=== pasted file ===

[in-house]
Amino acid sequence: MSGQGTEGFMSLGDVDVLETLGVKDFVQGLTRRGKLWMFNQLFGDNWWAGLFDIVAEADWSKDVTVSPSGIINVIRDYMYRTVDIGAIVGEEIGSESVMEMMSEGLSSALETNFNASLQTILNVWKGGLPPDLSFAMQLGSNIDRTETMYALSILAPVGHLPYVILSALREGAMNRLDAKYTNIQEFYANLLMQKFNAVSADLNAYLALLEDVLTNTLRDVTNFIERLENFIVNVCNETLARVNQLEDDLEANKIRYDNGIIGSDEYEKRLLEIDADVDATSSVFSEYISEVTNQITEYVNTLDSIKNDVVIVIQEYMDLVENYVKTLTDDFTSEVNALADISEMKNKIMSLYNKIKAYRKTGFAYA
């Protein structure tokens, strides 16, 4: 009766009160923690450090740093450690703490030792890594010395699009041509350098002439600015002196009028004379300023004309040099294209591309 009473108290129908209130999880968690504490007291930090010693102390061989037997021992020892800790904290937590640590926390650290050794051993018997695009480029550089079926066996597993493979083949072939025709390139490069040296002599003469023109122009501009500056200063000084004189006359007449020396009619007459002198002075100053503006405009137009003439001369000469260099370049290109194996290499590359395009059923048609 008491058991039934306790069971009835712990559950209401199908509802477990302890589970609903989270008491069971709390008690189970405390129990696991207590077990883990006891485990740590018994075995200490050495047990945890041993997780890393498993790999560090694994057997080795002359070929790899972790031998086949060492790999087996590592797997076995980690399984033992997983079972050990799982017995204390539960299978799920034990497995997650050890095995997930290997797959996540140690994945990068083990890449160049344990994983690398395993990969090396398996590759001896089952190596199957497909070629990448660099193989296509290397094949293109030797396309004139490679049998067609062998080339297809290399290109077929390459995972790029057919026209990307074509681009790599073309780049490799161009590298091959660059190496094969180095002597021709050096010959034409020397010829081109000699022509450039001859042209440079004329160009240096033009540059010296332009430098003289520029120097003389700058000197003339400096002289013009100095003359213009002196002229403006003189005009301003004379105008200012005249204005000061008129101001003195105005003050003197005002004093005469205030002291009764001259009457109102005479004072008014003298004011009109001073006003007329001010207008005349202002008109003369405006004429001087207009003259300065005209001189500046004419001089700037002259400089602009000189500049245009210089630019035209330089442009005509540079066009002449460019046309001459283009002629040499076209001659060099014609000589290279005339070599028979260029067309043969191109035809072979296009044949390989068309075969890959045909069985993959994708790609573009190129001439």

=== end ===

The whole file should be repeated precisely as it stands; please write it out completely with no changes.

[in-house]
Amino acid sequence: MSGQGTEGFMSLGDVDVLETLGVKDFVQGLTRRGKLWMFNQLFGDNWWAGLFDIVAEADWSKDVTVSPSGIINVIRDYMYRTVDIGAIVGEEIGSESVMEMMSEGLSSALETNFNASLQTILNVWKGGLPPDLSFAMQLGSNIDRTETMYALSILAPVGHLPYVILSALREGAMNRLDAKYTNIQEFYANLLMQKFNAVSADLNAYLALLEDVLTNTLRDVTNFIERLENFIVNVCNETLARVNQLEDDLEANKIRYDNGIIGSDEYEKRLLEIDADVDATSSVFSEYISEVTNQITEYVNTLDSIKNDVVIVIQEYMDLVENYVKTLTDDFTSEVNALADISEMKNKIMSLYNKIKAYRKTGFAYA
């Protein structure tokens, strides 16, 4: 009766009160923690450090740093450690703490030792890594010395699009041509350098002439600015002196009028004379300023004309040099294209591309 009473108290129908209130999880968690504490007291930090010693102390061989037997021992020892800790904290937590640590926390650290050794051993018997695009480029550089079926066996597993493979083949072939025709390139490069040296002599003469023109122009501009500056200063000084004189006359007449020396009619007459002198002075100053503006405009137009003439001369000469260099370049290109194996290499590359395009059923048609 008491058991039934306790069971009835712990559950209401199908509802477990302890589970609903989270008491069971709390008690189970405390129990696991207590077990883990006891485990740590018994075995200490050495047990945890041993997780890393498993790999560090694994057997080795002359070929790899972790031998086949060492790999087996590592797997076995980690399984033992997983079972050990799982017995204390539960299978799920034990497995997650050890095995997930290997797959996540140690994945990068083990890449160049344990994983690398395993990969090396398996590759001896089952190596199957497909070629990448660099193989296509290397094949293109030797396309004139490679049998067609062998080339297809290399290109077929390459995972790029057919026209990307074509681009790599073309780049490799161009590298091959660059190496094969180095002597021709050096010959034409020397010829081109000699022509450039001859042209440079004329160009240096033009540059010296332009430098003289520029120097003389700058000197003339400096002289013009100095003359213009002196002229403006003189005009301003004379105008200012005249204005000061008129101001003195105005003050003197005002004093005469205030002291009764001259009457109102005479004072008014003298004011009109001073006003007329001010207008005349202002008109003369405006004429001087207009003259300065005209001189500046004419001089700037002259400089602009000189500049245009210089630019035209330089442009005509540079066009002449460019046309001459283009002629040499076209001659060099014609000589290279005339070599028979260029067309043969191109035809072979296009044949390989068309075969890959045909069985993959994708790609573009190129001439």